Reasonable Is Subject to Interpretation
Video Transcribed: My name is Brian L. Jackson. I’m an attorney in Tulsa, Oklahoma. What is corporal punishment? Well, that would be things like spanking, switching, paddling on your children. A lot of people have a lot of different thoughts about it and whether or not it’s something that’s right to do.
And I’m not really here to talk about the moral side of it. That’s kind of for you to decide. It’s a value judgment on how you want to parent your child. What I want to talk to you about is the legal side of it. What are the legal implications of using corporal punishment?
Well, first of all, Oklahoma law does allow it under Title 21. It specifically says that spanking, switching, paddling, and strapping, which would be like a belt are not per se criminal. So, it’s not illegal to use corporal punishment as long as it’s reasonable.
Now, here’s where you… This is the kind of sticky part. Reasonable is subject to interpretation. What one person thinks is reasonable, another person does not. And that same thing can go for judges and social workers, district attorneys, and other people that could potentially have power over your life.
So, if you do decide to use corporal punishment and a child, some things to definitely avoid, you don’t want to ever strike in anger or do something where you could actually injure the child, or leave any kind of a mark on the skin because that’s usually considered unreasonable, and that goes from simple corporal punishment to abuse.
If you are involved in any kind of a situation where you’re no longer on good terms with the children’s mother, this is a conversation to have with her, to the extent that you’re able to, as to what discipline is going to be. And if you’re a joint custodian, you definitely need to have this conversation.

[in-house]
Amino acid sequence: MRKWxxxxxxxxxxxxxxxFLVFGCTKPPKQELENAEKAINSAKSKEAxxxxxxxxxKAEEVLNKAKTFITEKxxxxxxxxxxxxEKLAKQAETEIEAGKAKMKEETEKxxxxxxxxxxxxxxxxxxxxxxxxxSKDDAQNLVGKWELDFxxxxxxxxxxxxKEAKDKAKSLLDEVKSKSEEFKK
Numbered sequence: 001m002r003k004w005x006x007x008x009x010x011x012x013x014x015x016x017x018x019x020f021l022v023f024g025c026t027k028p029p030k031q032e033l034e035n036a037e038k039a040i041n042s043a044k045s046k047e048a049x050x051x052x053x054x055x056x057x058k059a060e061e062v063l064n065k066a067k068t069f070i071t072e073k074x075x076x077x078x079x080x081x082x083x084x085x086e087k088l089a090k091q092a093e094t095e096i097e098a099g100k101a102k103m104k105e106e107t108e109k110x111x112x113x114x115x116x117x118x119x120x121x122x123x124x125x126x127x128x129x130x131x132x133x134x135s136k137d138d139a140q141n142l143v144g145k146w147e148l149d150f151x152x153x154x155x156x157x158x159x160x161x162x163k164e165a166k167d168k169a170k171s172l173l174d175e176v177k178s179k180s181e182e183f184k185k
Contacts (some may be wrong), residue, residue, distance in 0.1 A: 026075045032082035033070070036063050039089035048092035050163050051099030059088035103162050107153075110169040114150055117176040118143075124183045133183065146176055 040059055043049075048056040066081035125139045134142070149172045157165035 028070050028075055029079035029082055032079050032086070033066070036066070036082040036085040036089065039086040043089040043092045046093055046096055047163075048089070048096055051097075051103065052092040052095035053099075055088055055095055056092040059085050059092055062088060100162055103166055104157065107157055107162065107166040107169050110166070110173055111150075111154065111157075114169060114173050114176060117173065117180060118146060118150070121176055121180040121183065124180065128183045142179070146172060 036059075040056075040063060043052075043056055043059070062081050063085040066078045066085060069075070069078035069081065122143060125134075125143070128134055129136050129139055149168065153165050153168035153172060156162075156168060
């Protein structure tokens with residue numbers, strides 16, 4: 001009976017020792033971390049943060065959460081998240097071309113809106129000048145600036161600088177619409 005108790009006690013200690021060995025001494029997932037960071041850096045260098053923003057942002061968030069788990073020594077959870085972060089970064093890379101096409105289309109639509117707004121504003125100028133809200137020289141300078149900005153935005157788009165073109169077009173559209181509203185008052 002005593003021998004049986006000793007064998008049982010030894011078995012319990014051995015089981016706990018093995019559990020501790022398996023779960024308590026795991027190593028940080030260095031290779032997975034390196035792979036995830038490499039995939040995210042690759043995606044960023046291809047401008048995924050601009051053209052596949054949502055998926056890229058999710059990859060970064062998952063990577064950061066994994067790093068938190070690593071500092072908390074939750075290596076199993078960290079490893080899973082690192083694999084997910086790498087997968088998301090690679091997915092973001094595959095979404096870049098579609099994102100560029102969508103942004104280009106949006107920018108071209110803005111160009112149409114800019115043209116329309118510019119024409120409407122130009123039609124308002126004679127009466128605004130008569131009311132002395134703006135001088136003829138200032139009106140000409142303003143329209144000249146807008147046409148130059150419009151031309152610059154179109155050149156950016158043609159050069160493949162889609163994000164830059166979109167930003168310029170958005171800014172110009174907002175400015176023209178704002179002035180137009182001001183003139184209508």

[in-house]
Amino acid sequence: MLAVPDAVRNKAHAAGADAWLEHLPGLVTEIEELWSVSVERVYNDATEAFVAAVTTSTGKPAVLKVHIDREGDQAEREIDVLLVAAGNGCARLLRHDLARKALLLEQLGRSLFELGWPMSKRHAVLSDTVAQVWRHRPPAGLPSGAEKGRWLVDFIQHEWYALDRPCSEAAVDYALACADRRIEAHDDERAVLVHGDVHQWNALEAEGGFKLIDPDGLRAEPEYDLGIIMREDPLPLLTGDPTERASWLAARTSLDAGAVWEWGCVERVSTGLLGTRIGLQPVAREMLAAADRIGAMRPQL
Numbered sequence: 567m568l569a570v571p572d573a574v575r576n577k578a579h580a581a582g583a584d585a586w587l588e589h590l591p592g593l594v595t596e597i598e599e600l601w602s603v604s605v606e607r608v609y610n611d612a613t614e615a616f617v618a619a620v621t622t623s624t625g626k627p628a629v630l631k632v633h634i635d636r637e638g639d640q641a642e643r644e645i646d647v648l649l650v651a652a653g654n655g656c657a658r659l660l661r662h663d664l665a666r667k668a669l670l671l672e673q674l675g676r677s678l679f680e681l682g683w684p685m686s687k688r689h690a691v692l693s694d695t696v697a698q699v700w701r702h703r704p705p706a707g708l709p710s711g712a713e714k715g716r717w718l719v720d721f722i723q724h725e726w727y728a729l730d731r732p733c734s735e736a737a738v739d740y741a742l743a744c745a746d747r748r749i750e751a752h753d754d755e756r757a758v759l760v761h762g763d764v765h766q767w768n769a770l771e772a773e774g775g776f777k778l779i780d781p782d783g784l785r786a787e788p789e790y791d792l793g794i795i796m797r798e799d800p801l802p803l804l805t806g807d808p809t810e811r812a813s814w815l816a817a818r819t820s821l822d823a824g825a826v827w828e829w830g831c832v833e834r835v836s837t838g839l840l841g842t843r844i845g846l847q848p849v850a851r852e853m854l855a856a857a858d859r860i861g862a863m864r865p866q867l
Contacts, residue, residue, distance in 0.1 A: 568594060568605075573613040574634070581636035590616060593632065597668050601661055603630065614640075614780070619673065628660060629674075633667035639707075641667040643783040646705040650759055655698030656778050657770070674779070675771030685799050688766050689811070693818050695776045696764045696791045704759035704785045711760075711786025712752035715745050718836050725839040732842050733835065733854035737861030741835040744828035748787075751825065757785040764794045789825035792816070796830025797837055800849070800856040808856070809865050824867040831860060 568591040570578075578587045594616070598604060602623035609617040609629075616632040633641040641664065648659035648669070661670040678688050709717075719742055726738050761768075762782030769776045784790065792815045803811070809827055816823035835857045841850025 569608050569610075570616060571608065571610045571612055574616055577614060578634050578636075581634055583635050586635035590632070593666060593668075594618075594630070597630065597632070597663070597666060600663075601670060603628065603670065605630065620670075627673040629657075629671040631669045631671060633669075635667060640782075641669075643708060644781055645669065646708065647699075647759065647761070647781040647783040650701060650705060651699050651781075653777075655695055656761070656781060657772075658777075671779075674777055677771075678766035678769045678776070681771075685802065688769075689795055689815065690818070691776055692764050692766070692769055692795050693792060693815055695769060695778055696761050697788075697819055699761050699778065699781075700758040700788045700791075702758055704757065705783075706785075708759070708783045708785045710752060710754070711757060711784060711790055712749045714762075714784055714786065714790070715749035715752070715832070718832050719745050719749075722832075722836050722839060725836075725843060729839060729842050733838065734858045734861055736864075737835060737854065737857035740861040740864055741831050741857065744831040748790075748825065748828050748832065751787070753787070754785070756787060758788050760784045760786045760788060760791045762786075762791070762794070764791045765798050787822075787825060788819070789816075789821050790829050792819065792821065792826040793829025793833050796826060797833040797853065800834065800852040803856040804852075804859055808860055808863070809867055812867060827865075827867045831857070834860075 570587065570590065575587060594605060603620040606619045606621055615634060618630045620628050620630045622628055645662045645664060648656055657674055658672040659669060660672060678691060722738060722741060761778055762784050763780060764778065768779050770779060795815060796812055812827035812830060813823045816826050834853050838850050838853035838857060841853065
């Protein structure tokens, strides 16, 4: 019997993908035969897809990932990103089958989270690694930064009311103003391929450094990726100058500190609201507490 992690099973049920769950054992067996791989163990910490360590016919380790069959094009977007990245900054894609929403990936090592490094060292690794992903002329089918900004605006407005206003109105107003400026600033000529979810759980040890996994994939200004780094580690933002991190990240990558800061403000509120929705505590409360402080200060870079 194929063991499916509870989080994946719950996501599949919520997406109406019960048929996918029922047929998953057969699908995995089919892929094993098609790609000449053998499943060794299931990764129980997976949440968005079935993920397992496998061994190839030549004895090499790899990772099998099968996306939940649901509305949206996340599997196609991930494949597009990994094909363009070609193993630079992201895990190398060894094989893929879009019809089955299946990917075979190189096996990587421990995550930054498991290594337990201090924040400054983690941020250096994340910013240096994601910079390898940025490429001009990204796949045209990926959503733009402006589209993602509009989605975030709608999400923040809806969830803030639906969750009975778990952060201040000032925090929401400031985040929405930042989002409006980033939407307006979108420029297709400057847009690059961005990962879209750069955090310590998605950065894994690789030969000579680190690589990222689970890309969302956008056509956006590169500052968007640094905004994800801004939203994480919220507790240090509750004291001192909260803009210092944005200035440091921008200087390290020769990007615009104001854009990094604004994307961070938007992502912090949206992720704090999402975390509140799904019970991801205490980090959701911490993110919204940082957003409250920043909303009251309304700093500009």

If one parent really objects to corporate punishment, that is something to at least keep in mind and be cautious about if you’re going to use corporal punishment, because it could cause you a problem.
Also, if you remarry, or if you have a significant other, girlfriend, boyfriend, whatever, I would strongly suggest not allowing them to use corporal punishment on your child because an awful lot of parents, might be okay with you giving the kid a swat on the butt if they’re really out of line, but chances are they’re not going to like the new girlfriend doing it, or the new wife doing it because they’re going to be like, “That’s my child. You don’t get to put your hands on him.” And mama bear can get real defensive that way.
This isn’t to say that your new relationships shouldn’t have the right to discipline your child on some level if there’s a problem, especially if they live in the same household as you, but I would strongly caution against the use of any kind of corporal punishment by somebody that it’s not an illegal biological parent.
Usually the way reasonable is going to be defined though, is if it leaves a mark, it’s probably not reasonable. If you hit them in the face, that’s generally not seen as reasonable. If you hit them anywhere sensitive, and you guys know what I’m talking about. That’s not okay.
And I think, generally speaking, think about it carefully if you’re going to do that and be reasonable. And obviously, you shouldn’t do that kind of thing out of anger. If you’re mad at your kid, it’s probably better to cool off first, and then figure out what to do about it. Obviously keep the age of the child in mind as well, because that’s a factor.
Again, it’s not illegal per se, but these are all things you should think about if you’re thinking you’re going to use corporal punishment. Also, keep in mind why you’re using corporal punishment. It’s one thing if you catch your seven-year-old playing in the street, on a busy street, and you’ve told them three or four times not to do that, and it’s dangerous, and they’re doing it. That’s one thing. If you smack the kid for every little infraction, that’s something else entirely, and again, it all goes into what’s reasonable.